Law Society And MoJ Discuss Will Restrictions In Lock Down
The Law Gazette has reported that the Law Society of England and Wales and the Ministry of Justice have been in communication about finding ways to make the execution of Wills easier whilst the UK is in a lock down situation.
The meetings have focused on the difficulties with the current system regarding witnessing a Will.
Having a Will signed by the testator whilst being witnessed by two witnesses during a time of social distancing is proving extremely challenging.
Firstly, adhering to government recommendations means that social gatherings of more than two people is deemed unacceptable; making the witnessing of a Will non-compliant with government guidance if the Wills Act 1837 is followed exactly.
The Law Society have lodged many possible solutions, including the use of electronic witnesses or envoking a European system which allows the testator to write their Will themselves, by hand, without the presence of witnesses.
Given the unprecedented rise in demand, coupled with the obvious restrictions preventing a Will from being easily created, it is clear that the current system needs to change if demand is to be serviced.
The Law Society’s frequently asked questions concerning coronavirus have asked if it is reasonable to refuse to take instructions for emergency Wills because of the difficulties in adhering to the Wills Act 1837. The Law Society advises that it is fine to refuse instructions if the legal service provider is following government advice on social distancing guidance.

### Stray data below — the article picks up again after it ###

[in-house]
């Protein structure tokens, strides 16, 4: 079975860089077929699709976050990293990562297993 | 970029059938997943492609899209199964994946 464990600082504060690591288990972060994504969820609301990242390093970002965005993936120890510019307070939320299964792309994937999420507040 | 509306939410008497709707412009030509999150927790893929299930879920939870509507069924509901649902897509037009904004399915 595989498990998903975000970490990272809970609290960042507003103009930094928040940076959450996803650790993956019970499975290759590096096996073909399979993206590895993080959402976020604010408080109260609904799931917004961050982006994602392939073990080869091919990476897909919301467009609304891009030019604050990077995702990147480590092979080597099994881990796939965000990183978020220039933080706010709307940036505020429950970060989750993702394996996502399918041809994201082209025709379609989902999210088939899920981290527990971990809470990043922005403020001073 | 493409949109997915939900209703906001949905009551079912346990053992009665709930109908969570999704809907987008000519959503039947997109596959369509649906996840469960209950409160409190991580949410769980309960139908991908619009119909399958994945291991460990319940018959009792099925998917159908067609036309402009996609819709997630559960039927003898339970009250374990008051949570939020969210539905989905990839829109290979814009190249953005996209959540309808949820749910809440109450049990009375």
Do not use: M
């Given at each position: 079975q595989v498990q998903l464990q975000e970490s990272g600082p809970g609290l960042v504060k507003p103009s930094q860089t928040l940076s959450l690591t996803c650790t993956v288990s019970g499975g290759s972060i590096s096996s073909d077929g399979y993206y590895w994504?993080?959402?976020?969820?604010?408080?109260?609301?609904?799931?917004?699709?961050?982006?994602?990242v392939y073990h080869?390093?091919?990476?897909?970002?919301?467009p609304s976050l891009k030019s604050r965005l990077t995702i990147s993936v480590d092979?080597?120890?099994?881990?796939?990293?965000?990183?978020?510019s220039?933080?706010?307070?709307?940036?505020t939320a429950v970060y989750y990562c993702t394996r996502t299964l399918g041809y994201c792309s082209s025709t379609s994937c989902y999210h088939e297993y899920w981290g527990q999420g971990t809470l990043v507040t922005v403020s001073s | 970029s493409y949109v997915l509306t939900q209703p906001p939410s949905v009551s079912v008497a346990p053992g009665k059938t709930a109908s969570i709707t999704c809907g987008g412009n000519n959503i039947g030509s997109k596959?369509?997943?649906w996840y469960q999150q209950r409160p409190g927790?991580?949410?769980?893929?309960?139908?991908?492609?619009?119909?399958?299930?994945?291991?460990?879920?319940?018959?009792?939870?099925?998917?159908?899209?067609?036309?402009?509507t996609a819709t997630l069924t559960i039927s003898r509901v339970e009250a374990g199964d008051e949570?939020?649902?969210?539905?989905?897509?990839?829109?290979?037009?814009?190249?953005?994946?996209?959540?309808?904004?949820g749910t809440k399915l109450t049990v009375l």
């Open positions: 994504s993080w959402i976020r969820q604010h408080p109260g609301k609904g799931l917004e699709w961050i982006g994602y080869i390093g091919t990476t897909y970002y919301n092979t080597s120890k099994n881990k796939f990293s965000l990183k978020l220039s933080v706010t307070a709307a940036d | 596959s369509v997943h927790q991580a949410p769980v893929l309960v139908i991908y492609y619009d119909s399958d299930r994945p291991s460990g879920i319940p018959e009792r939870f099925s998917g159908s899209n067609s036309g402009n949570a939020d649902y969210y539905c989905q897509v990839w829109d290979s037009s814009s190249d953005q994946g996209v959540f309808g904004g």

James McNeile, partner and head of private client at regional firm Royds Withy King, commented:
“Section 11 of the Wills Act 1837 introduced the privileged will which allows for members of the armed forces to draw up a will quickly when they do not have the time, resources or capabilities to comply with formalities otherwise needed. They are able to make either a written or an oral will and, if written, there is no requirement for witnesses to its execution…
“With the coronavirus pandemic moving as quickly as it is, this is seeing more people wanting to draw up a will and sometimes with practical difficulties to execution. Having a privileged will would enable them to do this and reduce concern of there not being a will in place when really needed.”